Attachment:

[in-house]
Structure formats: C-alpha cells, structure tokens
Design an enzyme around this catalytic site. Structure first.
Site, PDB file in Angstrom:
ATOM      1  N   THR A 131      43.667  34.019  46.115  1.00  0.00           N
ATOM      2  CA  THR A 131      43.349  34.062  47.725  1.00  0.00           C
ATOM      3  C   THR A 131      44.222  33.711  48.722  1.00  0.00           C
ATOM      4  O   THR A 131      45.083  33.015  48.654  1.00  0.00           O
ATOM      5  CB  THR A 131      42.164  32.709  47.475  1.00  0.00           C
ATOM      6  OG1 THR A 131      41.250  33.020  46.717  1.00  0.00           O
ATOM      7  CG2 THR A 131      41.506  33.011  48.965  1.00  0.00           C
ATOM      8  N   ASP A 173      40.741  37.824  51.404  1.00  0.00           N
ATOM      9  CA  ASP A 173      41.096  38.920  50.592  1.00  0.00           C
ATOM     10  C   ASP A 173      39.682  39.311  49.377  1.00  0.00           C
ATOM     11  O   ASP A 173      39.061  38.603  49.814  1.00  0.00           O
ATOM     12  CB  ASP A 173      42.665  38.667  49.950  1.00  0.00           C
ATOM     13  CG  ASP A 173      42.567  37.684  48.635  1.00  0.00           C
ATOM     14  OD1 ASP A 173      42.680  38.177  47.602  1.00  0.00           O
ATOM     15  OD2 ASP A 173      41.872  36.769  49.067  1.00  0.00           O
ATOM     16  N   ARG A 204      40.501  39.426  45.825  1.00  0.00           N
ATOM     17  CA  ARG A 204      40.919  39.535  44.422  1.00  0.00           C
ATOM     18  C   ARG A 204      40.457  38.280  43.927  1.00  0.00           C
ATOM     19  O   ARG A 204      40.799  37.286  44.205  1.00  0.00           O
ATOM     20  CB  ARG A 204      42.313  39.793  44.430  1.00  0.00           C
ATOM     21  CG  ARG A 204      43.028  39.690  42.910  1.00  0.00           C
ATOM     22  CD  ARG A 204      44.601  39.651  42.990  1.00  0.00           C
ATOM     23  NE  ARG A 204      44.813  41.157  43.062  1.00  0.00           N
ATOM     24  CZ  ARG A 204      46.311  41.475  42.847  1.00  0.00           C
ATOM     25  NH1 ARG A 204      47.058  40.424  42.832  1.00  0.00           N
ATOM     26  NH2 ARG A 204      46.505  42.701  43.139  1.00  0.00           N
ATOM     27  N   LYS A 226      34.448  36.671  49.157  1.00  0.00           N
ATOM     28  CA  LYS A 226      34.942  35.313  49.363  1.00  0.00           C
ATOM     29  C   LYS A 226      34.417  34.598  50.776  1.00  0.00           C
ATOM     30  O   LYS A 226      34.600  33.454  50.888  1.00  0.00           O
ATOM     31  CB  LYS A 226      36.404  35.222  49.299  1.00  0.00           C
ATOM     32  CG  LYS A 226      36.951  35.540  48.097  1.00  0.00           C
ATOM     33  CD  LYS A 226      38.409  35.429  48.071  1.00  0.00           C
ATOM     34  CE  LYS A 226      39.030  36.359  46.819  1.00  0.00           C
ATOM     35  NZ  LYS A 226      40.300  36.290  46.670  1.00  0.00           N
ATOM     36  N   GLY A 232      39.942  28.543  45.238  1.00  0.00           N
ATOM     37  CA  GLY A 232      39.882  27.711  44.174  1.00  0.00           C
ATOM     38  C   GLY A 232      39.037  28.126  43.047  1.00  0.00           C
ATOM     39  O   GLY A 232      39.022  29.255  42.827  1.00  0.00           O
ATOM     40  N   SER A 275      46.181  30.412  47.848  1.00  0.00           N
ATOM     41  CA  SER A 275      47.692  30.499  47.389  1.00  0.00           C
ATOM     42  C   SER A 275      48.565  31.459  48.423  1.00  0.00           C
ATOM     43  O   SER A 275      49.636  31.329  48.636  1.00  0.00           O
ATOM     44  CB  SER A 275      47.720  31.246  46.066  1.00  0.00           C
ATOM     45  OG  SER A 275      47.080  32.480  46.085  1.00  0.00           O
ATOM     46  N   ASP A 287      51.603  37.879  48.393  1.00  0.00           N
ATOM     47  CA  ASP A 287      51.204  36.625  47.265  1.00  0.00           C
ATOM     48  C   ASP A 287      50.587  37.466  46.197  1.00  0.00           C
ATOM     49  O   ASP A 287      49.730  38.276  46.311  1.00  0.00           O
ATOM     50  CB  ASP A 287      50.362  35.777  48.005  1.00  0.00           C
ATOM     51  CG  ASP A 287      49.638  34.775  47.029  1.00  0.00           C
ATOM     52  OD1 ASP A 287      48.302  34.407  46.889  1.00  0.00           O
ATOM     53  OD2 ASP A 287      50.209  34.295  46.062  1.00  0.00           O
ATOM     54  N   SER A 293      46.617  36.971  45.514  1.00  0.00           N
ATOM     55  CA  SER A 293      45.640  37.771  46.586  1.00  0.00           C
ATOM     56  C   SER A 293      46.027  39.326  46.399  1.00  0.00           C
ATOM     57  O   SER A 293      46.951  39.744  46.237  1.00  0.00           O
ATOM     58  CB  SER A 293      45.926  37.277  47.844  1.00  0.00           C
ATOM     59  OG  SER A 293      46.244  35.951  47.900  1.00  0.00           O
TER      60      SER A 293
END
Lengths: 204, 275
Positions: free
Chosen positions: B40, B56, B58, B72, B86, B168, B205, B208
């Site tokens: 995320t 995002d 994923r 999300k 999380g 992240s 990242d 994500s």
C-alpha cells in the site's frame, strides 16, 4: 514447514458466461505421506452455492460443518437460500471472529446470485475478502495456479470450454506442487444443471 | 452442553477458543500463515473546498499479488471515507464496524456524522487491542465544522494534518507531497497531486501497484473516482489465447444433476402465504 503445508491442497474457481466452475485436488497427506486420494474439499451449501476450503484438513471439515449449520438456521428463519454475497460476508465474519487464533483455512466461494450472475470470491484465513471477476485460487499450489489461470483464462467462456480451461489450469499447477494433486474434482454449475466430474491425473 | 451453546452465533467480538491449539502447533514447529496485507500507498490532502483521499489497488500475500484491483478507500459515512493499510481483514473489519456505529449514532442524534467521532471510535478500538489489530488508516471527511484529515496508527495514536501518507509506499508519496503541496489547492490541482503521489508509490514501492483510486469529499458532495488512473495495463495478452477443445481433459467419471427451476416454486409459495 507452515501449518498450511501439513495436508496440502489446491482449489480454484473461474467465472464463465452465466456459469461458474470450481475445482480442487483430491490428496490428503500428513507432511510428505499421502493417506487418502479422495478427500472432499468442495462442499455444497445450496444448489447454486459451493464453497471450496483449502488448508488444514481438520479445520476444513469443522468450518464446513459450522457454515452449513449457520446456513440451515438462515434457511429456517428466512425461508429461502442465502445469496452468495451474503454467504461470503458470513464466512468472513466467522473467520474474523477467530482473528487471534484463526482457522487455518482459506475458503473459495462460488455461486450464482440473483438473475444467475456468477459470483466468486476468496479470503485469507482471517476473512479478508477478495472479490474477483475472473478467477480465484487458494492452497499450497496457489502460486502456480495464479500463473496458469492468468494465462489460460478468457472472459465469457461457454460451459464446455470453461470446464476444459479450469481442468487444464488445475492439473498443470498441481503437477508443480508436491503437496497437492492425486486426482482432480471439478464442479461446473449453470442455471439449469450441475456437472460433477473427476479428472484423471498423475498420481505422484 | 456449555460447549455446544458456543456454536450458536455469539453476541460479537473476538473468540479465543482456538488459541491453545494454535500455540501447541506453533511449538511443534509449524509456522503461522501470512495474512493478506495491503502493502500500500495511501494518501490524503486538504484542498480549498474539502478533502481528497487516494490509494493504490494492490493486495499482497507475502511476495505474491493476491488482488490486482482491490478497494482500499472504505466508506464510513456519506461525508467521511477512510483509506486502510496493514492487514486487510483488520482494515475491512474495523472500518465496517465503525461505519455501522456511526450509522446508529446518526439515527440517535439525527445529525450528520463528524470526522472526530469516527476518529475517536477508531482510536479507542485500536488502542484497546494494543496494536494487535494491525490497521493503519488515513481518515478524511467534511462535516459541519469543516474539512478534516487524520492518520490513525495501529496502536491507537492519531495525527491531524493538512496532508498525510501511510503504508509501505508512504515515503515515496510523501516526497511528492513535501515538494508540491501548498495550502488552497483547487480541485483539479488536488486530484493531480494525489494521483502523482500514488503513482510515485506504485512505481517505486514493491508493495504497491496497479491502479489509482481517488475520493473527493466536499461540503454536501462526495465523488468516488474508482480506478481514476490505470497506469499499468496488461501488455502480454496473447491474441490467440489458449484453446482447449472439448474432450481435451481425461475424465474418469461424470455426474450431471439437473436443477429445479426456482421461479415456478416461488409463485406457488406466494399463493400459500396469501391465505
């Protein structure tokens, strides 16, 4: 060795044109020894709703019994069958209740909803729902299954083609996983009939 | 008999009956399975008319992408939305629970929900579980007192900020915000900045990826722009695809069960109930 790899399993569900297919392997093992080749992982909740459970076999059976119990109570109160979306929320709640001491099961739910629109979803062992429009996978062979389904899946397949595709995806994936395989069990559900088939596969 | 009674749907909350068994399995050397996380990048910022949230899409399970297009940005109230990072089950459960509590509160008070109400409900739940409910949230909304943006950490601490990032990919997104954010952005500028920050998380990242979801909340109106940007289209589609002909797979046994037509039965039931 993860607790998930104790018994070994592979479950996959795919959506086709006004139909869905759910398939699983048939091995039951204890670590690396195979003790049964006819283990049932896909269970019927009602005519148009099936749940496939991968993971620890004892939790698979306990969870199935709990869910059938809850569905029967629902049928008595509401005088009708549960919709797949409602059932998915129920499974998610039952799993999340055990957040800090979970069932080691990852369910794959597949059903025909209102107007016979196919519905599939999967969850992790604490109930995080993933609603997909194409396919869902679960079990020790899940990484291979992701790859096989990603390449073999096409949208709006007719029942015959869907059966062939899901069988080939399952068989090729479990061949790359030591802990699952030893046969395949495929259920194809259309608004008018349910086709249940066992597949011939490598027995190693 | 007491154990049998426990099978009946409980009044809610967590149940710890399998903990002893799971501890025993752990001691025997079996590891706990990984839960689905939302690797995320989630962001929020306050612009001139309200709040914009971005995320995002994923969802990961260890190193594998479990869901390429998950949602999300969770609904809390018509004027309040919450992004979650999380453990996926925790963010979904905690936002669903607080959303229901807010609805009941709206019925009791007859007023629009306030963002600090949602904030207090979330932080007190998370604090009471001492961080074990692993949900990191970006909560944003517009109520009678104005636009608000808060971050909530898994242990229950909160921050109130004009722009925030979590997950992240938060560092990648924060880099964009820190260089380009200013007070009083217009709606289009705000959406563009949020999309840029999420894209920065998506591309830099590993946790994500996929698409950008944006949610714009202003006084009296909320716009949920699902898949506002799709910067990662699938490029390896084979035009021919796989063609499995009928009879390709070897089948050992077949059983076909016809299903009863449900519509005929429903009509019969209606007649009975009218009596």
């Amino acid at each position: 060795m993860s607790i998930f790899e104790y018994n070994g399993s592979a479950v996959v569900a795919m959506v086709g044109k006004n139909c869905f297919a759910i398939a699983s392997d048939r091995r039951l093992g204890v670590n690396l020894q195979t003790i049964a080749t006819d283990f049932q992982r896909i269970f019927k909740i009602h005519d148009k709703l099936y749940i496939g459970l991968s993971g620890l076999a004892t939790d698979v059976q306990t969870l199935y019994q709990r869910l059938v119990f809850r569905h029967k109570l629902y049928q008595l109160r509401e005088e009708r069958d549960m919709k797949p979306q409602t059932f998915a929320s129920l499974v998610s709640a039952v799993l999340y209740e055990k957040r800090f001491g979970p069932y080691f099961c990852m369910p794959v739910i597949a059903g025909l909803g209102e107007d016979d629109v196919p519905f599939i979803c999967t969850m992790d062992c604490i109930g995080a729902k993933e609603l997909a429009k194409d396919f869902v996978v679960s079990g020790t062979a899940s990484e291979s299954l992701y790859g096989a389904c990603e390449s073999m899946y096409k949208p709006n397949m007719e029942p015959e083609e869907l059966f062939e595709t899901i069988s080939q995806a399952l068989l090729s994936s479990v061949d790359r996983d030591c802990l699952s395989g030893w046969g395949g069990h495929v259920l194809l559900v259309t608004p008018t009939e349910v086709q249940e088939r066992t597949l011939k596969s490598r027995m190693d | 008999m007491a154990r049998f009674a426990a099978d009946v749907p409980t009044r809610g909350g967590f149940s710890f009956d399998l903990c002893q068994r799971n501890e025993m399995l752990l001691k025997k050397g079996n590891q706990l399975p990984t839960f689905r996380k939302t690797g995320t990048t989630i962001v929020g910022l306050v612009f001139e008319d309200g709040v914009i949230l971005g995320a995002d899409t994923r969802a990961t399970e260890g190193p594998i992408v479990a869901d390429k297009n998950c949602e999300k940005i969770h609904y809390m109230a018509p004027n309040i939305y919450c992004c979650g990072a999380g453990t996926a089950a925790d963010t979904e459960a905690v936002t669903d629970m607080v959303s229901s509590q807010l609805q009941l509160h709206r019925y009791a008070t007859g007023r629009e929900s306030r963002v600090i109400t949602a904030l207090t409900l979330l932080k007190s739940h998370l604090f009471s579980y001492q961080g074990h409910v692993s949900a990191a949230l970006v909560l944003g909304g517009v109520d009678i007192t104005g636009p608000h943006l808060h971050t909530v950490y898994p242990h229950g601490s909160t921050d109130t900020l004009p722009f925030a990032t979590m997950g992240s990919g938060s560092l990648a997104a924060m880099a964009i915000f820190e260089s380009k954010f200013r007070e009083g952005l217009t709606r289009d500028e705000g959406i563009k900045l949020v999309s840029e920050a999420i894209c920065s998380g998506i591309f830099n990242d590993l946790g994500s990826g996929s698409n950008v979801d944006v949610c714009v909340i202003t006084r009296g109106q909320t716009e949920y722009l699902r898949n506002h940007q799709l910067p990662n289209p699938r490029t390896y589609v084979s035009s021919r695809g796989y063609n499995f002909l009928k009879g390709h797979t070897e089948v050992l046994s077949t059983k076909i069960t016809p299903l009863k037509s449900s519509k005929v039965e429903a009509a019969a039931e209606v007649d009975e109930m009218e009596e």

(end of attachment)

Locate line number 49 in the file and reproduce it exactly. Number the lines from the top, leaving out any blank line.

ATOM     45  OG  SER A 275      47.080  32.480  46.085  1.00  0.00           O